AuthorConniff, Ruth

Vice President Mike Pence has been working the Midwest, holding rallies touting the Trump Administration's fantastic job-creation record and the great economy before the pandemic hit. Never mind that, during the pandemic, Trump's bungling has not only tanked the economy and caused Depression-era rates of job loss, but cost the lives of tens of thousands of people who would not have died had the government taken COVID-19 seriously.

Denial is Trump and the Republican Party's campaign strategy--along with a deeply cynical and racist call for "law and order," meaning a violent crackdown on Black Lives Matter protesters who are reacting to police killings of Black people.

The law-and-order message is a convenient distraction from how disastrously Trump has governed. But as bad as things are, it's not at all clear that Trump will lose.

Driving around western Wisconsin talking to farmers in a region where giant Trump banners wave over fields of corn, I came to the conclusion that, despite all the upheaval of the last four years, little has changed, politically, in rural Wisconsin since 2016.

Wisconsin farmers who voted for Trump in 2016 have since endured a record run of low milk prices, the highest rate of farm bankruptcies in the nation, and Trump policies that have made things considerably worse, including trade wars and tariffs that wreaked havoc on commodity prices (especially on Wisconsin cheese). The pandemic has caused even more economic pain. Yet many rural Wisconsinites I checked in with are once again planning to vote for Trump.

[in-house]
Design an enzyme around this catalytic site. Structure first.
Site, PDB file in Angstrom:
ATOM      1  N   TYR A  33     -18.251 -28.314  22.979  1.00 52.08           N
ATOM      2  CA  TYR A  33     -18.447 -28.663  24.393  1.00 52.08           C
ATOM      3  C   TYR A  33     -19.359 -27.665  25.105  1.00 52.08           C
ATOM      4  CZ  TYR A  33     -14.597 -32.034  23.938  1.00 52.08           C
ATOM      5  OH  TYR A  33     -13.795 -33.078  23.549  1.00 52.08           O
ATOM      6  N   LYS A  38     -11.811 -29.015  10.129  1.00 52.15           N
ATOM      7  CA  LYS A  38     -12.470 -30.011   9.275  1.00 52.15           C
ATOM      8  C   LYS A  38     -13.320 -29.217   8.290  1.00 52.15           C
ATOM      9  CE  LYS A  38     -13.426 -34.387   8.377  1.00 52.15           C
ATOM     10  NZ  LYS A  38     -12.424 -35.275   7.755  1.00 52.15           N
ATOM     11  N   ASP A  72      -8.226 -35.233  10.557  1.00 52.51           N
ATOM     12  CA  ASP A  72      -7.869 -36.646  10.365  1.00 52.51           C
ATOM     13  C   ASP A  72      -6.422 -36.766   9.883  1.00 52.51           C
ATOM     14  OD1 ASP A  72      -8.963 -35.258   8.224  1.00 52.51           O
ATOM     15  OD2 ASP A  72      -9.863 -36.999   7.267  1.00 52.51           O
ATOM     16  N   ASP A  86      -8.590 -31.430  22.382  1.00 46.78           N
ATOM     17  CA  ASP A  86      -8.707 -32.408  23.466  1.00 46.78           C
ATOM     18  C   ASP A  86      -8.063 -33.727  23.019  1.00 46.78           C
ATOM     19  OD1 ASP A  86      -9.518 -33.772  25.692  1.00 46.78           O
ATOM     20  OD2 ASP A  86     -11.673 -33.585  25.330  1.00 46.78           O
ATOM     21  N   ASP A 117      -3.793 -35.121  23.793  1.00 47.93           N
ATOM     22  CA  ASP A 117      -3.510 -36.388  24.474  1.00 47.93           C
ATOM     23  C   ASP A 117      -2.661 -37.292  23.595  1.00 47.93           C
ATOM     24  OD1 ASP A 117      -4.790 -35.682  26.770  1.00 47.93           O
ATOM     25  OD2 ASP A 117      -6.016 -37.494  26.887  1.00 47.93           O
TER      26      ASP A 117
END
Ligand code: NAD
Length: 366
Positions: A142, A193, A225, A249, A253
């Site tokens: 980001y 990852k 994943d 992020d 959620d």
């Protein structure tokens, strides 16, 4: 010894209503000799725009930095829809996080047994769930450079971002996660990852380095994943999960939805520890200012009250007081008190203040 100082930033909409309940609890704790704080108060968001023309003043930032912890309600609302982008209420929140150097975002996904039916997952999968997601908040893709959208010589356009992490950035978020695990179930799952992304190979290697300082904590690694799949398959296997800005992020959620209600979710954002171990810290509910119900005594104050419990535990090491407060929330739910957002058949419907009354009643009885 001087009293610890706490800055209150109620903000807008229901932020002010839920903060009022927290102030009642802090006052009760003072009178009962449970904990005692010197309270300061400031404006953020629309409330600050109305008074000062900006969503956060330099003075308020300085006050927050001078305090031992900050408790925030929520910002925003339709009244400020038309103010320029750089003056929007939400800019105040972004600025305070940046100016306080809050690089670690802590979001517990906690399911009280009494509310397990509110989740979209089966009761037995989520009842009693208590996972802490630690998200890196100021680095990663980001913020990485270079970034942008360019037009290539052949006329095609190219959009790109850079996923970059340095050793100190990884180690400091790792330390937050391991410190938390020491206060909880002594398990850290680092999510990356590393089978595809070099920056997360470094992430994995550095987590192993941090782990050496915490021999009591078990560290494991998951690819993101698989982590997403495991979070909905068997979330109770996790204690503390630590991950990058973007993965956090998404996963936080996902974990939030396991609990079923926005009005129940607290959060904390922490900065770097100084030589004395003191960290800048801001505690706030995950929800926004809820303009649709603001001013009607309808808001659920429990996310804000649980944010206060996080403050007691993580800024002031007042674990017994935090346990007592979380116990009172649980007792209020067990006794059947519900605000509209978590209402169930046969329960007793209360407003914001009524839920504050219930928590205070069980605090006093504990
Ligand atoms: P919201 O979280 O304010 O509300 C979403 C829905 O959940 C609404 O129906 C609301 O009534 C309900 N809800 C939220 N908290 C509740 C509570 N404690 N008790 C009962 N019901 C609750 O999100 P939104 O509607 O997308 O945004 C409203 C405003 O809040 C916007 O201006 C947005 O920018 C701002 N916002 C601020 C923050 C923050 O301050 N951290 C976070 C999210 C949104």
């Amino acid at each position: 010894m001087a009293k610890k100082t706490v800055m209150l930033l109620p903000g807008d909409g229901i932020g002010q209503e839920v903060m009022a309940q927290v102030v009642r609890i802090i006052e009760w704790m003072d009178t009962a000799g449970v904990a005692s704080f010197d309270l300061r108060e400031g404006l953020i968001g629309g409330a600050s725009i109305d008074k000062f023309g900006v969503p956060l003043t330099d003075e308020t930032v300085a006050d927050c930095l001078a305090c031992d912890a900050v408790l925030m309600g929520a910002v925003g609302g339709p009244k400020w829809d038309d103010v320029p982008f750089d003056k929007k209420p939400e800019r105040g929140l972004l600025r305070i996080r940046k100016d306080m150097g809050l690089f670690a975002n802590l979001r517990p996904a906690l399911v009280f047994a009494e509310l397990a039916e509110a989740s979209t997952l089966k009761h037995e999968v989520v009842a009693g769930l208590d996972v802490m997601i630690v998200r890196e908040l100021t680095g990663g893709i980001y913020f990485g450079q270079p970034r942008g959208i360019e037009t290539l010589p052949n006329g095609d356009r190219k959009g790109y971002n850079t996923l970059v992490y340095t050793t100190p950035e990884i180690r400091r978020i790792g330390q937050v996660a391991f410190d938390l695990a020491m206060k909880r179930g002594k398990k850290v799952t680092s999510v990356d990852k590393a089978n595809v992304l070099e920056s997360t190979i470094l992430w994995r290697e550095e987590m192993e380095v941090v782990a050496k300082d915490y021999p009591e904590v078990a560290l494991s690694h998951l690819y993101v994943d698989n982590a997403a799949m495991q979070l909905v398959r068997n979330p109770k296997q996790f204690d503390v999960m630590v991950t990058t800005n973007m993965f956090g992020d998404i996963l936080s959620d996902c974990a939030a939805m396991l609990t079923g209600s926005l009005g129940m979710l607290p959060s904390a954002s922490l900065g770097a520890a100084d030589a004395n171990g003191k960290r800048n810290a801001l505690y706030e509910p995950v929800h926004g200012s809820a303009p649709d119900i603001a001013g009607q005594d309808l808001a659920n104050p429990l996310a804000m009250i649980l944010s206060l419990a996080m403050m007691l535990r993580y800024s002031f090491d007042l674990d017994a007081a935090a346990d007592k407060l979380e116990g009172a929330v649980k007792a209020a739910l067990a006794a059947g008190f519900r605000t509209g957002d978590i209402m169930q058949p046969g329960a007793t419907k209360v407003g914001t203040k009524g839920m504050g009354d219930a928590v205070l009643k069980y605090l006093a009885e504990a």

Part of the explanation is a deep cultural conservatism in rural areas.

It also doesn't hurt that a lot of dairy farmers have received a huge infusion of federal cash over the past few months. After four years of terrible economic news, thanks to the CARES Act, U.S. Department of Agriculture programs, and other pandemic-relief aid, they are ending 2020 in their best financial shape in recent memory.

Some farmers I interviewed are Obama/Trump voters. And what they liked about Barack Obama in 2008 is the same thing they like about Trump. Even after four years in office, they see him as an outsider, not a slick Washington politician, someone who sticks up for America and for working-class and rural people.

We are living through this colossally incompetent administration, which has caused tens of thousands of unnecessary deaths by neglecting public health. On top of that, people are rising up from coast to coast...

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